Writing Great Persuasive Speeches From Scratch

The spoken word is so different from the written versions that it is almost easier to get a point across when translated into a speech than it is through a paper. Depending on your topic and audience, your speech can be made a great one with some simple planning and rehearsing steps.

Plan Ahead

When you write a speech, it is important that you plan ahead for research that needs to be done so that you can make it as clear and concise as possible. Much like an essay, you must know your subject before you express your opinions on it. And unlike essays, in a speech setting you can be asked probing questions that mean you must have a firm grasp on your topic.


When you find a number of sources, create a list of inspiring facts, quotes, and data sets that you can incorporate in your speech to hold the audience’s attention. Your speech must include documented source information that will lend you more credibility as you express your point. Inspiring quotes and information can help keep your audience engaged – and make them more attentive. If you get them to want to hear your answers, they will stay with you until the end of your speech.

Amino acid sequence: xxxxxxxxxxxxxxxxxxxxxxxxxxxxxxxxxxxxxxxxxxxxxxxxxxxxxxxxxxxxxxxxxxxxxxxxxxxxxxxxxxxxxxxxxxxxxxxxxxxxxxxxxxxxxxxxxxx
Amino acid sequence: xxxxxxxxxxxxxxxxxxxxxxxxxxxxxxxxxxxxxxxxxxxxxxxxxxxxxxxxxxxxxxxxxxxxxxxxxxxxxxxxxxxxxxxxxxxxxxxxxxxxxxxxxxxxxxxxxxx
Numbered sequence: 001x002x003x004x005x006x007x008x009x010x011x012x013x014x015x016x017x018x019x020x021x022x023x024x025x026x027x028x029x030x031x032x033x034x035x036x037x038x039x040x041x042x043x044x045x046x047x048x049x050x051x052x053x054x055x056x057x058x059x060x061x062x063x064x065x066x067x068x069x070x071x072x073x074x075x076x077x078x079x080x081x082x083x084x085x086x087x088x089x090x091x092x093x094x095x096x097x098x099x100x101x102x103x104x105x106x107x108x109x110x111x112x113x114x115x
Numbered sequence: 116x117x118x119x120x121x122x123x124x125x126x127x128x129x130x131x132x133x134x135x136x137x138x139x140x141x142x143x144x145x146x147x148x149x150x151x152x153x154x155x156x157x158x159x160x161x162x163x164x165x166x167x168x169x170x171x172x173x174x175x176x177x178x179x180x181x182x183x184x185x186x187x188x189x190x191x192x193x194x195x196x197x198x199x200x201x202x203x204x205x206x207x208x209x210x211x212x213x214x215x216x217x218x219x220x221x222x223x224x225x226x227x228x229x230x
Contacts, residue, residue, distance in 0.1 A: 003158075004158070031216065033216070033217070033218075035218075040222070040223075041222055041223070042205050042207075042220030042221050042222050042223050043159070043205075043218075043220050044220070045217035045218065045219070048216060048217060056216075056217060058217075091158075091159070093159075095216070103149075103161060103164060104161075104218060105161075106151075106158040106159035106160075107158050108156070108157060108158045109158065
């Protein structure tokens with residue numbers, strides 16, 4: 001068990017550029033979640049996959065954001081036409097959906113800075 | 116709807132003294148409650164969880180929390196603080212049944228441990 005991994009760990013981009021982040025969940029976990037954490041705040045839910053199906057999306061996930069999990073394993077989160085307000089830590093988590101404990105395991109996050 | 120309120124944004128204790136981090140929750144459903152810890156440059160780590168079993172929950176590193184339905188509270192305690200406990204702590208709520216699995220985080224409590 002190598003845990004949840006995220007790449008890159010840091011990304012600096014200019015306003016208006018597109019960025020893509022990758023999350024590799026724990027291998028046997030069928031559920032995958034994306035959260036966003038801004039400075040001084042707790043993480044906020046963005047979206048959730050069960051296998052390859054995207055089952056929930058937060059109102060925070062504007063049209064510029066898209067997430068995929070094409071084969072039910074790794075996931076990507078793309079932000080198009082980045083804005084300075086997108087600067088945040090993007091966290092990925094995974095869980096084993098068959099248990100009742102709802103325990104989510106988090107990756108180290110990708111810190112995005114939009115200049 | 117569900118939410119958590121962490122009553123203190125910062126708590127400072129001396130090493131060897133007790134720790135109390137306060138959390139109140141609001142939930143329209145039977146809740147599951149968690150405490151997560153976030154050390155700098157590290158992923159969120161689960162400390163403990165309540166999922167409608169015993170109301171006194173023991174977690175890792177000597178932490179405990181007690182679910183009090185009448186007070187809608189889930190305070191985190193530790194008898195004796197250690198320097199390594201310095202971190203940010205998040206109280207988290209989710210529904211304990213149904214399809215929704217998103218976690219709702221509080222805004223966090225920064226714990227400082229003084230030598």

Writing it Down

When you have an idea, and outline, of what you want to say, you should work to get the overall speech translated on paper. Approach it like an essay and make sure it has a clear point, discussion topics, and conclusion. Once it is written or typed, you can begin the process of review and then get it down in note-card form so that you can more easily present your speech on the day it is set to be given.


Rehearsing is a step that many speech writers skip – but it is a critical one for a number of reasons. Rehearsing will make your speech much more effective because you won’t be as reliant on your cards – and can better speak from a place of authority that way.

It also helps you ensure that you stay on topic and meet time limitations without going over or completing the speech too quickly.


Persuasive speeches are most effective when given from a place of authority. Those who know their subject and don’t have to rely on note-cards and other prompts are often received better – making their overall point more believable.